Ganesha Hostel, December 2015. The tuk-tuk thing became a running gag between Daryl and I, mainly because we got asked if we needed one approximately five hundred times a day. You could be sitting in a restaurant somewhere working through some noodles: “You wanna tuk-tuk?” squeals a manic voice from behind a plant. Or you might be standing at a urinal doing your business: “You wanna tuk-tuk?” through an open window. One time, Daryl and I were actually in a tuk-tuk on our way somewhere when another driver pulled up alongside us: “You wanna tuk-tuk?” “Of course we bloody don’t, we are in one right now!” While most tuk-tuk drivers were hilarious, baffling, infuriating creatures, we were both impressed by Rit, who ferried us around Battambang one afternoon. He was an atypically mild-mannered driver: Careful, considered, softly spoken and with an interest in his two passengers that transcended the contents of our wallets. If only we could have cloned him for the rest of the trip!

Ta Dumbong Roundabout, December 2015. Wherever we went in Battambang our journey usually took us round this amazing roundabout at the eastern end of town on National Road 5. Ta Dumbong is a legendary figure in Legend has it he was a local cowherd who found a magic stick and used it to usurp the evil king. But having become a man of power, Ta Dumbong grew paranoid that he himself would be killed and had a dream that a holy man on a white horse would vanquish him. And so he decided that the way to deal with this was to order the death of all holy men in the region. From here the story descends into a strange tale of sorcery, flying horses and magic sticks. Convinced he was going to be murdered, Ta Dumbong eventually fled town, never to be seen again.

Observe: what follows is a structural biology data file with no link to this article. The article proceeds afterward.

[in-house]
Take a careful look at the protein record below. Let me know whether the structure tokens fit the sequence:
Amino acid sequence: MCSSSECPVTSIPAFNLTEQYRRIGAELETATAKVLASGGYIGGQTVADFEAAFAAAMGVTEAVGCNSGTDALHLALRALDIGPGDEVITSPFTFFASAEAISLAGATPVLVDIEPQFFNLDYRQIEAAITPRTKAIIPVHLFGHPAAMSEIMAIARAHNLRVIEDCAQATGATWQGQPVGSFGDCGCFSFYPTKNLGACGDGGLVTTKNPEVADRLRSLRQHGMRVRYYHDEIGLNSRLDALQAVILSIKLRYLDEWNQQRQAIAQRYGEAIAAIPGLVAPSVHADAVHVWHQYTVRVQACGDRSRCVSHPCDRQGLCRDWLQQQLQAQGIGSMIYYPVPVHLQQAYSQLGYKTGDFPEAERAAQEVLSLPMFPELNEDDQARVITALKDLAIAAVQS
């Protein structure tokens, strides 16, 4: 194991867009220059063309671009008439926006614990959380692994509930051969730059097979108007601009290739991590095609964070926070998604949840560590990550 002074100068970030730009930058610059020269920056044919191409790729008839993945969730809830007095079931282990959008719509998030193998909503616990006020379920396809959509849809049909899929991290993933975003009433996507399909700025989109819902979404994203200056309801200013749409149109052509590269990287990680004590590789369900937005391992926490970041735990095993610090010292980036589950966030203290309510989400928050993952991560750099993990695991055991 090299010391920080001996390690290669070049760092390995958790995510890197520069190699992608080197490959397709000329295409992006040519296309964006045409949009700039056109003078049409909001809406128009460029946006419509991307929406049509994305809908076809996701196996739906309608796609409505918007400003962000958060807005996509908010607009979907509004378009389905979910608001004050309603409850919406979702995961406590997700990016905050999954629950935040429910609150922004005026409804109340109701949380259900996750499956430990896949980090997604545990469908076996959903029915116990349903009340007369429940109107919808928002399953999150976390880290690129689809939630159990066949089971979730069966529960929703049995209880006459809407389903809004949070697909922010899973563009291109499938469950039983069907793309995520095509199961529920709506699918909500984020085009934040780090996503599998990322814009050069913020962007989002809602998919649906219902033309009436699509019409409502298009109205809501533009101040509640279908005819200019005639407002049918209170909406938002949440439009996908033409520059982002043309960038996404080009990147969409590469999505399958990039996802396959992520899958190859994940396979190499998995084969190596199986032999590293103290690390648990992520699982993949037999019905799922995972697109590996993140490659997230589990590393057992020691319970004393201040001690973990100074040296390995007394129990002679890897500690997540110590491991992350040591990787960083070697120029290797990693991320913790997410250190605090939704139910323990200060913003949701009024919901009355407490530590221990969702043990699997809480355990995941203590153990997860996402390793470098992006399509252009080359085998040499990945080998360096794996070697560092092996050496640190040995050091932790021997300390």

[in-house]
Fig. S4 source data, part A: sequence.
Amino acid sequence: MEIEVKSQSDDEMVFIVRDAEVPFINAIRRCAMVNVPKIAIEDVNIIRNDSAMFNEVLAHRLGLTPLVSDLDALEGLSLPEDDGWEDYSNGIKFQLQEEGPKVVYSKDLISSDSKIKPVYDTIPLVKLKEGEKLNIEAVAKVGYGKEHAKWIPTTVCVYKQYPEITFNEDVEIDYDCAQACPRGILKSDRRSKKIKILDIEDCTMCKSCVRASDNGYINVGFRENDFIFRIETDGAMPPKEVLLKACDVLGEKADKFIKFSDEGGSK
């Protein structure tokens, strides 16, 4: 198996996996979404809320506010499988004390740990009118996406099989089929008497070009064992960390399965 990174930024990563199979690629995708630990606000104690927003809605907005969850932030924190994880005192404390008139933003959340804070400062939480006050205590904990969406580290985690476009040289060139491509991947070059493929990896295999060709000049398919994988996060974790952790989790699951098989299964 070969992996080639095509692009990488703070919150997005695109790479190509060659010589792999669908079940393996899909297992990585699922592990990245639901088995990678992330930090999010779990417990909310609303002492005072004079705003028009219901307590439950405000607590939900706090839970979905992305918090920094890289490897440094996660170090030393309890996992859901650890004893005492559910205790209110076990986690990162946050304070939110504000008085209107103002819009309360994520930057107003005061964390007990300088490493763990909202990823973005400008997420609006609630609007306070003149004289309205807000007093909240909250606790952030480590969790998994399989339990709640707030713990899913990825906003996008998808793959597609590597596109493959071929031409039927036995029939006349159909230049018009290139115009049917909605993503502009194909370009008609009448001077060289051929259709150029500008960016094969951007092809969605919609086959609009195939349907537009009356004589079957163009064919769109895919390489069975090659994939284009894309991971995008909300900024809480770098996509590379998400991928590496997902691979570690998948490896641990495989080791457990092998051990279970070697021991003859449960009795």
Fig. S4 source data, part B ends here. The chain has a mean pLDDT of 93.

Outskirts, December 2015. Battambang is a small town, so any trip out to its local attractions will quickly take you through some stunning countryside. Daryl and I made multiple journeys to and fro over our three-night stay and I often think how nice it would have been to have stayed on one extra night in one of the rickety old wooden cabins between the trees.

With drunk ATM security Guard, December 2015. Daryl and I were out in the centre of Battambang one night trying to find an ATM machine on our way to dinner. When we finally discovered a bank that would actually dispense cash (trickier than you’d imagine), I got talking to the security guard stationed outside. Although a bit wary of him at first (a large gun always has that effect on me), I quickly realised that he was a) very friendly, b) extremely bored c) a little drunk and d) keen to practice his pigeon English. Among the flurry of fascinating topics covered during that memorable five minutes: Cambodian girls versus Western girls (“white skin more beautiful” he insisted) and the irony of his job detail (“See more money go from machine in one day than I  making one year”).